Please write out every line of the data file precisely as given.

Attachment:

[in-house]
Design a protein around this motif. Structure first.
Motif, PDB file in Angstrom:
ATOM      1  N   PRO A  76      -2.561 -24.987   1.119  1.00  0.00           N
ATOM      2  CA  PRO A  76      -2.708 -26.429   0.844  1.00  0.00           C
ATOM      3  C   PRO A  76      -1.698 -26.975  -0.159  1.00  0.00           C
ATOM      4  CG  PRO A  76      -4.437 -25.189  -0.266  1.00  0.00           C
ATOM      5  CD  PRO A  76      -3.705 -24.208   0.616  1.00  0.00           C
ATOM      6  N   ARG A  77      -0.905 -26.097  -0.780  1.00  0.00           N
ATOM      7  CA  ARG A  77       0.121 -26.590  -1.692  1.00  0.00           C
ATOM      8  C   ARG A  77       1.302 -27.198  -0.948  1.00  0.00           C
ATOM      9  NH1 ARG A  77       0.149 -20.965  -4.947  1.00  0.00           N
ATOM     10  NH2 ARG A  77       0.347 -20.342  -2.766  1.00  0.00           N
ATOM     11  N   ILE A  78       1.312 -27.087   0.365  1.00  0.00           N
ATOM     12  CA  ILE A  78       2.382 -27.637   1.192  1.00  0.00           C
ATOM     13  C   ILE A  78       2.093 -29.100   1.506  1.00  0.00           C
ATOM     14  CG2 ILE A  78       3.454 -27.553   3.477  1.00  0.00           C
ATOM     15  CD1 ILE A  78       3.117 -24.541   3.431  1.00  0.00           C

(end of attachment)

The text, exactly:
[in-house]
Design a protein around this motif. Structure first.
Motif, PDB file in Angstrom:
ATOM      1  N   PRO A  76      -2.561 -24.987   1.119  1.00  0.00           N
ATOM      2  CA  PRO A  76      -2.708 -26.429   0.844  1.00  0.00           C
ATOM      3  C   PRO A  76      -1.698 -26.975  -0.159  1.00  0.00           C
ATOM      4  CG  PRO A  76      -4.437 -25.189  -0.266  1.00  0.00           C
ATOM      5  CD  PRO A  76      -3.705 -24.208   0.616  1.00  0.00           C
ATOM      6  N   ARG A  77      -0.905 -26.097  -0.780  1.00  0.00           N
ATOM      7  CA  ARG A  77       0.121 -26.590  -1.692  1.00  0.00           C
ATOM      8  C   ARG A  77       1.302 -27.198  -0.948  1.00  0.00           C
ATOM      9  NH1 ARG A  77       0.149 -20.965  -4.947  1.00  0.00           N
ATOM     10  NH2 ARG A  77       0.347 -20.342  -2.766  1.00  0.00           N
ATOM     11  N   ILE A  78       1.312 -27.087   0.365  1.00  0.00           N
ATOM     12  CA  ILE A  78       2.382 -27.637   1.192  1.00  0.00           C
ATOM     13  C   ILE A  78       2.093 -29.100   1.506  1.00  0.00           C
ATOM     14  CG2 ILE A  78       3.454 -27.553   3.477  1.00  0.00           C
ATOM     15  CD1 ILE A  78       3.117 -24.541   3.431  1.00  0.00           C